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THE RIVER MARCH 8, 201332 Fort Myers-Lee County Public Library ProgramsNext months roster of activities at Fort Myers-Lee County Public Library offers topics for all ages. The following activities are free to the public: Adults Make a Pop-Top Bracelet 9:30 a.m. Friday, March 8 Create a stylish pop-top bracelet and enhance it with beads. All materials supplied. Registration is required. Problem Solving in German Research 9:30 a.m. Monday, March 11 Speaker: Ms. Joanne Ryder, Southwest Florida Germanic Genealogy Society, Charlotte County Genealogical Society I cant find him anywhere. There are no records. If this sounds like the situation or roadblock that you are encountering, then this seminar is for you. Learn some tips of where and how to crumble the brick wall of your German ancestry. Registration is required. Cigar Box Craft 9:30 a.m. Tuesday, March 12 You loved those boxes as a kid, now play with them as a grownup. Make a purse, a treasure box or anything else you wish. Your imagination is the only limit. Basic materials will be supplied. Feel free to bring extra items. Registration is required. Introduction to the Internet 9:30 a.m. Friday, March 15 Discover the basics of the Internet, the various Internet browsers, and Internet security. Learn how to narrow your Internet searches for better results. Time will be provided to perform actual Internet searches on topics of your choice. Registration is required. Card Crafts: Birthday Cards 10 a.m. Friday, March 15 Wow friends and family with gorgeous cards you create. All materials supplied. Registration is required. Small Business Series: Securing a Business Loan 2 p.m. Monday, March 18 This seminar is geared to small businesses. Learn the process of applying for a small business loan, how to make a good impression with lenders and what criteria lenders use in deciding on your application. Registration is required. Book Discussion: Killing Mister Watson by Peter Matthiessen Noon Wednesday, March 20 Have you met...? We all have favorite authors but finding new authors to love can be a fun part of the book discussion experience. Each month we will read the first novel of an authors series. Join in. Beginners Genealogy Seminar 9:30 a.m. 12:30 p.m. Saturday, March 23 Speakers: Carolyn Ford, Lee County Genealogical Society; Bryan Mulcahy, Fort Myers-Lee County Public Library This one day seminar will introduce the concepts of genealogical research in a concise manner. Attendees will have the opportunity to begin the process of filling out forms, charts and how to compile family information. We will also discuss the process of learning historical details about the lives of our ancestors. Knowing the historical context often plays a key role in understanding why certain life decisions were made. While the research will involve compiling lists of people, places and dates, the total experience of learning about their daily lives can help broaden our knowledge about our ancestors. Attendees will have the opportunity to fill out basic research forms such as Family Group Sheets and Pedigree Charts. We will discuss the 10 main steps involved in successful research. Participants are encouraged to bring information already collected about their family history. Registration is required. DNA and Genealogical Research 9:30 a.m. Saturday, March 30 Speaker: Kathleen Callahan, Lee County Genealogical Society Lectures will discuss the latest information and developments as DNA testing continues to influence genealogical research in multiple ways. The number of people participating in the testing process has increased dramatically within the past three years. The increased participation has opened up many new options and scenarios that may impact personal research for many genealogists. Registration is required. Family Baby-Parent Rhyme Time 10:30 a.m. Thursdays, March 14, 21 Be prepared to tickle, jump and fly with your baby. These rhymes and songs are for infants up to 24 months, accompanied by an adult. This 20-minute program is filled with songs designed to introduce rhyming and movement to infants. Registration is required. Children Come Play With Us by Gulf Coast Symphony 11 a.m. Saturday, March 9 Listen and interact with orchestra members and their instruments. The Gulf Coast Symphony will feature duos and small groups of performers. Children will receive hands-on experience with the instruments after the program. A fantastic family program. Registration is required. Kids Read Down Fines 6 7 p.m. Monday, March 18 Children and teens can earn a $2 coupon for every 15 minutes of reading during the allotted time. A total of $8 per day may be earned. For ages 18 and younger. Coupons may be applied to cards issued to patrons age 18 and under only. Please bring your library card. Weaving with a Loom 3 p.m. Tuesday, March 26 Learn how to weave with a loom with the Weavers of Char-Lee. Teacher Ricki Howie will give children the opportunity to weave a small project at the library. All supplies are provided. Seating is limited so registration is required. Wacky Wednesday: 11th Annual Kite Flight 4:30 p.m. Wednesday, March 27 Wacky Wednesday presents the 11th annual Kite Flight. Learn about kite history and safety before flying a kite of your very own. This event is for children ages six and up. The program will be limited to 30 participants. Subject to cancellation because of severe weather. Registration is required. Basics of Archaeology/Floridas Prehistoric Pots 3:30 p.m. Thursday, March 28 Participants will learn about the art and stylings of Floridas prehistoric ceramic makers. Each child will be given clay to make either a coil or pinch pot. Supplies will be provided. Presented by the Florida Public Archaeology Network. Registration is required. Teens Teen Tech Week YouTube It 5 p.m. Wednesday, March 13 Come to the library and laugh out loud at some crazy, funny videos. Download magazines using the new library website link Zinio and download music the legal way using Freegal. Laugh and learn. Registration is required. Sign up online today. Kids Read Down Fines 6 7 p.m. Monday, March 18 Children and teens can earn a $2 coupon for every 15 minutes of reading during the allotted time. A total of $8 per day may be earned. For ages 18 and younger. Coupons may be applied to cards issued to patrons age 18 and under only. Please bring your library card.The Fort Myers-Lee County Public Library is located at 2050 Central Avenue in Fort Myers. For more information about a program or to register, please call the library at 533-4600. A sign language interpreter is available with five business days notice to library staff. Assistive listening system available; request at desk.Check the Lee County Library Systems website at www.leelibrary.net to find out about programs at other locations. Call the host library, or Telephone Reference at 479-INFO (4636) for more information about a specific program. Dunbar-Jupiter Hammon Public Library ProgramThe Dunbar-Jupiter Hammon Public Library is offering the following free program for children and teens in March: Kids Read Down Fines 2 4 p.m. Saturdays, March 9, 23 Children and teens can earn a $2 coupon for every 15 minutes of reading during the allotted time. A total of $8 per day may be earned. For ages 18 and younger. Coupons may be applied to cards issued to patrons age 18 and under only. Bring your library card. The Dunbar-Jupiter Hammon Public Library is at 3095 Blount Street in Fort Myers. For more information call the library at 533-4150. A sign language interpreter is available with five business days notice to library staff. Assistive listening system are available; request at desk. Check the Lee County Library Systems website www.leelibrary.net to find out about programs at other locations. Call the host library or Telephone Reference at 479-INFO (4636) for more information about a specific program. An Evening With The Authors Tickets On SaleA unique evening comes once a year to Fort Myers the Evening With The Authors, where people can enjoy meeting and dining with their favorite best-selling authors. The event will take place Friday, March 15 at the Royal Palm Yacht Club in downtown Fort Myers, beginning with the reception at 6 p.m. We do not assign seats and the authors mix and mingle during the reception, said Margie Byers, Southwest Florida Reading Festival Coordinator. We have people who come back year after year and that says something about how wonderful the evening is. The event includes a cocktail reception and plated dinner with the 20-plus authors who will headline the Southwest Florida Reading Festival the following day. The ticket price is $45 per person, and reservations are required. The deadline for reservations is Friday, March 8 at 5 p.m. Go to www.readfest.org and select Evening With The Authors to make a reservation. The dinner will honor author Dorothea Benton Frank, with the 2013 Distinguished Author Award for her unique contributions to the communities where she has lived. The evening is sponsored by Books-A-Million. To see the list of outstanding authors attending the festival and dinner, to make a secure online donation or for more information, visit www.readfest.org or call 337-READ (7323). Long Term Care Support GroupA support group specifically for families of nursing home and assisted living facility residents will meet on Tuesday, March 19 at 10 a.m. at the Dubin Alzheimers Resource Center, 12468 Brantley Commons Court in Fort Myers. The focus of this support group meeting is issues, concerns and questions families face as they cope with placing a loved one in a long-term care facility. The group is open to all interested families of nursing home or assisted living residents at no charge. The Alvin A. Dubin Alzheimers Resource Center, a United Way partner agency, provides informational, educational and supportive assistance to individuals with Alzheimers disease and related disorders and their caregivers. For more information, the Dubin Alzheimers Resource Center can be contacted at 437-3007.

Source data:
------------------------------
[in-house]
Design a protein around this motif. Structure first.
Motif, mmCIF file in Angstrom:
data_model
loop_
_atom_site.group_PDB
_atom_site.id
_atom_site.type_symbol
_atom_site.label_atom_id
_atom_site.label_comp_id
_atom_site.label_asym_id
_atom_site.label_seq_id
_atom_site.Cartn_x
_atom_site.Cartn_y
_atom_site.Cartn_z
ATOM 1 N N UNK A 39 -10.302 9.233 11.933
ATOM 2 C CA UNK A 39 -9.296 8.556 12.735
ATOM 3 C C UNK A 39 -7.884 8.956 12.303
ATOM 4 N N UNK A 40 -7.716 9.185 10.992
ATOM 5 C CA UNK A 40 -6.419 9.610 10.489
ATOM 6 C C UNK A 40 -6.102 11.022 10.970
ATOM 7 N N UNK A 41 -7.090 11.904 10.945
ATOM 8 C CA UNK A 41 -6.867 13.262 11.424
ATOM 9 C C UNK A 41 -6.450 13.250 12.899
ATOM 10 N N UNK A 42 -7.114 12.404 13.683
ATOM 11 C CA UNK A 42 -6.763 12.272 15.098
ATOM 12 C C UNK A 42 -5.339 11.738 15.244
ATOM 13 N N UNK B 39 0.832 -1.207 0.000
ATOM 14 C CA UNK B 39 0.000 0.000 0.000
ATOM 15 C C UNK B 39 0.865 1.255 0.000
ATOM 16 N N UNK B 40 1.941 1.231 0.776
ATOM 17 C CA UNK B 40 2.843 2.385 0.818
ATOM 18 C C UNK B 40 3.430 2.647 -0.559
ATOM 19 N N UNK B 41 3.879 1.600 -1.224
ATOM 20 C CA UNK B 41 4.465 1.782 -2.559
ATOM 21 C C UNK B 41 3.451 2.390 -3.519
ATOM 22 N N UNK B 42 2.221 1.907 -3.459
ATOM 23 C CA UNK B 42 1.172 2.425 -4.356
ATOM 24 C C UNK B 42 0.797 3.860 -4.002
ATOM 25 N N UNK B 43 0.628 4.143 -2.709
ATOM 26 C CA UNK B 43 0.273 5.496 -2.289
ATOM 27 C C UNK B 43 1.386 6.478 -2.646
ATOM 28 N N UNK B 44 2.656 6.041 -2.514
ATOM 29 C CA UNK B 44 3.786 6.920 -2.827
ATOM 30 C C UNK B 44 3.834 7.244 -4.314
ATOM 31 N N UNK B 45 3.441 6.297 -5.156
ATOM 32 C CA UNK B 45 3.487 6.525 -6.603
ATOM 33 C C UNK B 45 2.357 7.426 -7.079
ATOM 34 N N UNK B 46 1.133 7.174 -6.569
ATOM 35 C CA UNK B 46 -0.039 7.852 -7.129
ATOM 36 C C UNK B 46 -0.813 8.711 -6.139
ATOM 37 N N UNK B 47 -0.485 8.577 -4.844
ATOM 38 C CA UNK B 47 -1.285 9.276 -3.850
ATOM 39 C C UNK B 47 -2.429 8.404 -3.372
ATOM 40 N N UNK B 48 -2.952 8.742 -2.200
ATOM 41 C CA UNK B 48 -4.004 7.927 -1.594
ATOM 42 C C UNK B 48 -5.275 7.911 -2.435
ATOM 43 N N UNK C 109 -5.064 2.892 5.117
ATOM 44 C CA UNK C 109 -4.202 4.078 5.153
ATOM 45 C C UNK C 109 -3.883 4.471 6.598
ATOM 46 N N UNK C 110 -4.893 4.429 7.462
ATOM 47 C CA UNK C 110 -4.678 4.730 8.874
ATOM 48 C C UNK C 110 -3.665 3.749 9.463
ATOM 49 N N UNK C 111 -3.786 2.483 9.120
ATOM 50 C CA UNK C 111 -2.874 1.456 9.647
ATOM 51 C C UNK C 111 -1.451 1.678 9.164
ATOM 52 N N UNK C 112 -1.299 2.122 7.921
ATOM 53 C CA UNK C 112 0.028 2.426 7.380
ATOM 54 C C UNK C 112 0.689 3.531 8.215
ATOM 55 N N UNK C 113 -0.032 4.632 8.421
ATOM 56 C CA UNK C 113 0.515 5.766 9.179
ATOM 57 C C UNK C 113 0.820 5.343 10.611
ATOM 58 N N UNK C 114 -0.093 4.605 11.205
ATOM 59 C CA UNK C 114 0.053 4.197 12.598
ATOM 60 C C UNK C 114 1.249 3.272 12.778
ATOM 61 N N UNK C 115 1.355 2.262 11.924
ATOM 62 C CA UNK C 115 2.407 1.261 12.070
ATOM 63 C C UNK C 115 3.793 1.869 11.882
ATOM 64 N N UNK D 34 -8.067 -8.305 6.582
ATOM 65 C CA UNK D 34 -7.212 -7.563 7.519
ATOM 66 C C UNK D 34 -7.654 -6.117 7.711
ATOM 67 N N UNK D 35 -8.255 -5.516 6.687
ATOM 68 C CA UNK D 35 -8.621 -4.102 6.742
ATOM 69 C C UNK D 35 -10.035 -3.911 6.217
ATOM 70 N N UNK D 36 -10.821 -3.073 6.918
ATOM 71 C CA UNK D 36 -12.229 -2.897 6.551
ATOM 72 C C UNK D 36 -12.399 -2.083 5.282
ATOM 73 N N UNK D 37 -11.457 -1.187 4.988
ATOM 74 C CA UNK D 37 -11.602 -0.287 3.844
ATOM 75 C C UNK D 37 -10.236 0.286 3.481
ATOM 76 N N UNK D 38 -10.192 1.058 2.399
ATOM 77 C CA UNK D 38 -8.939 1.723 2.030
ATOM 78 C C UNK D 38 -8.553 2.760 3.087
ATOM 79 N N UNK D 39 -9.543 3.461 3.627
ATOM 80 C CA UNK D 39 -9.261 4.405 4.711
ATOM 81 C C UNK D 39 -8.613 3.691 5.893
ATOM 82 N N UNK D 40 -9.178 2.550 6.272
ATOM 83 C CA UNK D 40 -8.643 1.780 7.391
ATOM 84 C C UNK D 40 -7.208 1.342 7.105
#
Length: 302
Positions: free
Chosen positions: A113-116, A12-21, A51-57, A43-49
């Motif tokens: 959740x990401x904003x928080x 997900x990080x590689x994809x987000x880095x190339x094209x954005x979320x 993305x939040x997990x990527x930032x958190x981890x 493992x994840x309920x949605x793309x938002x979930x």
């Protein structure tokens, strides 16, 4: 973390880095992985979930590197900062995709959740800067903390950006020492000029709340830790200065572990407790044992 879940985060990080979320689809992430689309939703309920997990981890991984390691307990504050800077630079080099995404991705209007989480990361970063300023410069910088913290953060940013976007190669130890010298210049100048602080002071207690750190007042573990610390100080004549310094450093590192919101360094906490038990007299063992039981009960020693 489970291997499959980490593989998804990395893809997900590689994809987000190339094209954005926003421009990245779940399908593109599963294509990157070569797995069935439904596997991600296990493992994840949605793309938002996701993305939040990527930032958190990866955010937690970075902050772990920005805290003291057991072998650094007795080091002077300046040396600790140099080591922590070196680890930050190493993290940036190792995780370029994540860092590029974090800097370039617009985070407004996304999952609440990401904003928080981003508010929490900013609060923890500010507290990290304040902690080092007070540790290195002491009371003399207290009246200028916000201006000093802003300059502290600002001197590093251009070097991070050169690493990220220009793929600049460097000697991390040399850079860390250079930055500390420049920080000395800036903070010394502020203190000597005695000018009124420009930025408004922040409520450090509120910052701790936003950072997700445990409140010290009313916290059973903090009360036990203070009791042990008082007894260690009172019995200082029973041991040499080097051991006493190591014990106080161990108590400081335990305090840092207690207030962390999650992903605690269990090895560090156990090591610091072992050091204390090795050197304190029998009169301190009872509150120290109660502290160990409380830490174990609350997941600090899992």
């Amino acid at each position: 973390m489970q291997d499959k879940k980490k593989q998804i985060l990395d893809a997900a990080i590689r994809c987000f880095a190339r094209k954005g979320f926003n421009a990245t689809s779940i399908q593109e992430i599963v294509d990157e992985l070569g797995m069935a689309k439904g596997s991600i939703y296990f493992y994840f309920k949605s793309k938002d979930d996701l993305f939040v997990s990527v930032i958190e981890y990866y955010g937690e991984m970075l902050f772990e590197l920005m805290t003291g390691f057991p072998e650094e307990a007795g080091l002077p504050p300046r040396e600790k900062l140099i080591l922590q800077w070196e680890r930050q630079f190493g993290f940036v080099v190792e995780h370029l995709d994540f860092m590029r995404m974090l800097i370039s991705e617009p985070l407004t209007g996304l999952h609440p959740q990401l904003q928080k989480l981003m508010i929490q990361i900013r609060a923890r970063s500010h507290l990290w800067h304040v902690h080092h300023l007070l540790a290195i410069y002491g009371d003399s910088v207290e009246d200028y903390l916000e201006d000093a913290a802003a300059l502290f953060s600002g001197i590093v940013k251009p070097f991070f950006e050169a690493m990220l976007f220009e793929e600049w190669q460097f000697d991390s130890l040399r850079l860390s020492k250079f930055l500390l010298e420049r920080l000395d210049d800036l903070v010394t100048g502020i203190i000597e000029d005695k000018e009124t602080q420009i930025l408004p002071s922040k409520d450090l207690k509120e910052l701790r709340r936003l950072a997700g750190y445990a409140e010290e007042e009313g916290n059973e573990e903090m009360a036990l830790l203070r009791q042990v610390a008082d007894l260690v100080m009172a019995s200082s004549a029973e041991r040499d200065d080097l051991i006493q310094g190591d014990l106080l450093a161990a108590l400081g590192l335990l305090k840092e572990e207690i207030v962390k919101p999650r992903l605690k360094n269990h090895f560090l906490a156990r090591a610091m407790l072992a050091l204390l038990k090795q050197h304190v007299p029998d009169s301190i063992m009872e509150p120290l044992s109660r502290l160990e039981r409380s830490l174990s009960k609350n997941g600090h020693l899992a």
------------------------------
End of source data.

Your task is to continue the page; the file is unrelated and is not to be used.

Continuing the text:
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PUZZLE ANSWERSDID YOU KNOW My Stars FOR WEEK OF MARCH 11, 2013ARIES (March 21 to April 19) You could have some problems with doubters who dont share your enthusiasm for that new project youre supporting. But use the facts to win them over to your side. TAURUS (April 20 to May 20) Someone is impressed by how you managed to get your case to the right people, despite attempts to keep you on the outside looking in. Expect to hear more about this. GEMINI (May 21 to June 20) Good for you -your gift for seeing both sides of a dispute helps cool down a potentially explosive workplace situation. Some family-related tensions also begin to ease. CANCER (June 21 to July 22) Your determination to prove yourself is put to the test by midweek. Counting all the positive factors you have going for you will help you get over your self-doubt. Good luck. LEO (July 23 to August 22) Several coworkers are still determined to resist coming over to your side. But dont let that stop you from presenting your proposal to the people who count. Stay the course. VIRGO (August 23 to September 22) You might prefer to be taken on faith and not have to prove yourself. But the truth is, you need to offer more facts if you hope to persuade people to accept what you say. LIBRA (September 23 to October 22) A family situation takes an unwelcome turn. While others might be looking around for answers, youll soon sort it all out logically, and the matter will be resolved. SCORPIO (October 23 to November 21) Someone might try to create doubt about your reliability for his or her own agenda. But your reputation and your colleagues long-standing faith in you saves the day. SAGITTARIUS (November 22 to December 21) An unexpected change of plans forces you to come up with an alternative by the end of the week. Look for colleagues to offer valuable suggestions. CAPRICORN (December 22 to January 19) Nothing upsets the Goat as much as broken promises. But before you vent your anger, consider that this could ultimately prove to be a blessing in disguise. AQUARIUS (January 20 to February 18) An old workplace problem you thought you had solved for good resurfaces. But this time, co-workers will take a more active role in helping you deal with it. PISCES (February 19 to March 20) Be careful not to be misled by a negative reaction to one of your more important projects. If you believe in it, then it has worth and is, therefore, worth staying with. BORN THIS WEEK: Everyone appreciates your gift for finding beauty, even where it seems least likely to exist. On March 17, 1762, in New York City, the first parade honoring the feast day of St. Patrick, the patron saint of Ireland, is held by Irish soldiers serving in the British army. Early Irish settlers to the American colonies, many of whom were indentured servants, brought the Irish tradition of celebrating St. Patricks feast day to America. On March 11, 1818, Frankenstein: or, The Modern Prometheus, is published. The book, by 21-year-old Mary Wollstonecraft Shelley, is frequently called the worlds first science-fiction novel. On March 12, 1933, eight days after his inauguration, President Franklin D. Roosevelt gives his first national radio address, or fireside chat, broadcast from the White House. Roosevelt made sure each address was understandable to ordinary Americans. On March 13, 1944, Britain announces that all travel between Ireland and the United Kingdom is suspended, the result of the Irish governments refusal to expel Axis-power diplomats within its borders. Ireland stood its ground. On March 14, 1950, the Federal Bureau of Investigation institutes the Ten Most Wanted list in an effort to publicize particularly dangerous fugitives. The creation of the program arose out of a news story in 1949 about the toughest guys the FBI wanted to capture. On March 15, 1965, President Lyndon B. Johnson addressed a joint session of Congress to urge the passage of legislation guaranteeing voting rights for all. On Aug. 6, 1965, Johnson signed the Voting Rights Act. On March 15, 1972, The Godfather -a three-hour epic chronicling the lives of the Corleones, an Italian-American crime family led by the powerful Vito Corleone -is released in theaters. The Godfather was adapted from the best-selling book of the same name by Mario Puzo. On March 16, 1985, in Beirut, Lebanon, Islamic militants kidnap American journalist Terry Anderson. On Dec. 4, 1991, Andersons captors finally released him after 2,455 days. Anderson spent his entire captivity blindfolded. It was screenwriter, playwright, novelist, director and producer Ben Hecht who made the following sage observation: Trying to determine what is going on in the world by reading newspapers is like trying to tell the time by watching the second hand of a clock. Those who study such things say that the Earth spins faster on its axis in September than it does in March. When the TV show Bewitched first started filming, the star, Elizabeth Montgomery, was just a month away from giving birth to her first child, so the first five episodes were shot almost in their entirety without her. It wasnt until the baby was a few weeks old that she was able to go on the set to film her scenes. If youre a fan of the Beatles, you probably wont be surprised to learn that during the decade of the 1960s, they had more top 10 hits and more No. 1 records than any other recording artist. Before the June 1944 invasion of Normandy, a crossword puzzle that was printed in the London Daily Telegraph contained the words mulberry, Neptune, Omaha, overlord and Utah. That may not seem to be a fact of much interest, but it turns out that those were all secret code words used by the Allied military in planning the upcoming offensive. The puzzles author, a schoolteacher, was tracked down and interrogated, but the puzzles content was ultimately chalked up to coincidence. The countrys first pay phone was installed in a bank in Hartford, Conn., in 1889. It cost 5 cents to place a call, the equivalent of $1.25 today. Whoever is careless with the truth in small matters cannot be trusted with important matters. -Albert Einstein THIS WEEK IN HISTORY STRANGE BUT TRUE THOUGHT FOR THE DAY33 THE RIVER MARCH 8, 2013 1. TELEVISION: What was the name of the estate in the gothic soap opera Dark Shadows? 2. ANIMAL KINGDOM: How many eyes does a bee have? 3. ENTERTAINMENT: Which actress was married to Mickey Rooney, Artie Shaw and Frank Sinatra? 4. INVENTIONS: When was the first coin-operated pinball machine invented? 5. U.S. PRESIDENTS: Who was the first president to be born an American citizen? 6. QUOTATIONS: Who said, Its not that Im afraid to die. I just dont want to be there when it happens. 7. U.S. STATES: What does the name of Hawaiis capital, Honolulu, mean? 8. LITERATURE: Which one of Shakespeares plays contains the line, The course of true love never did run smooth. 9. GENERAL KNOWLEDGE: What was the name of cowboy actor Roy Rogers dog? 10. FOOD & DRINK: What is a gherkin? TRIVIA TEST 1. Collinwood 2. Five -two compound eyes and three simple eyes 3. Ava Gardner 4. 1931 5. Martin Van Buren 6. Woody Allen 7. Sheltered bay 8. A Midsummer Nights Dream 9. Bullet 10. A type of pickled cucumber. ANSWERS SPORTS QUIZ 1. Who holds the pitching record for most consecutive batters struck out? 2. Name the last major-league team before the 2011 Philadelphia Phillies to win more than 100 games in the regular season and not reach the World Series. 3. When was the last time before 2010-12 that Notre Dame won at least eight games for at least three consecutive seasons in football? 4. Who was the last NBA rookie before Detroits Brandon Knight in 2012 to have at least 20 points and 10 assists with no turnovers in a game? 5. How many times has Pittsburghs Evgeni Malkin been the runner-up for the Hart Memorial Trophy (NHL MVP)? 6. Who was the last NASCAR Cup season champion to drive a Dodge before Brad Keselowski in 2012? 7. Who was the last teen to win a singles title in a Grand Slam womens tennis event?1. The New York Mets Tom Seaver struck out 10 San Diego batters in a row in 1970. 2. The 2004 New York Yankees won 101 games. 3. It was 1987-93. 4. Houstons Steve Francis, in 1999. 5. Twice (2008, 2009) before he won it after the 2011-12 season. 6. Richard Petty, in 1974-75. 7. Maria Sharapova won the U.S. Open in 2006 at the age of 19. ANSWERS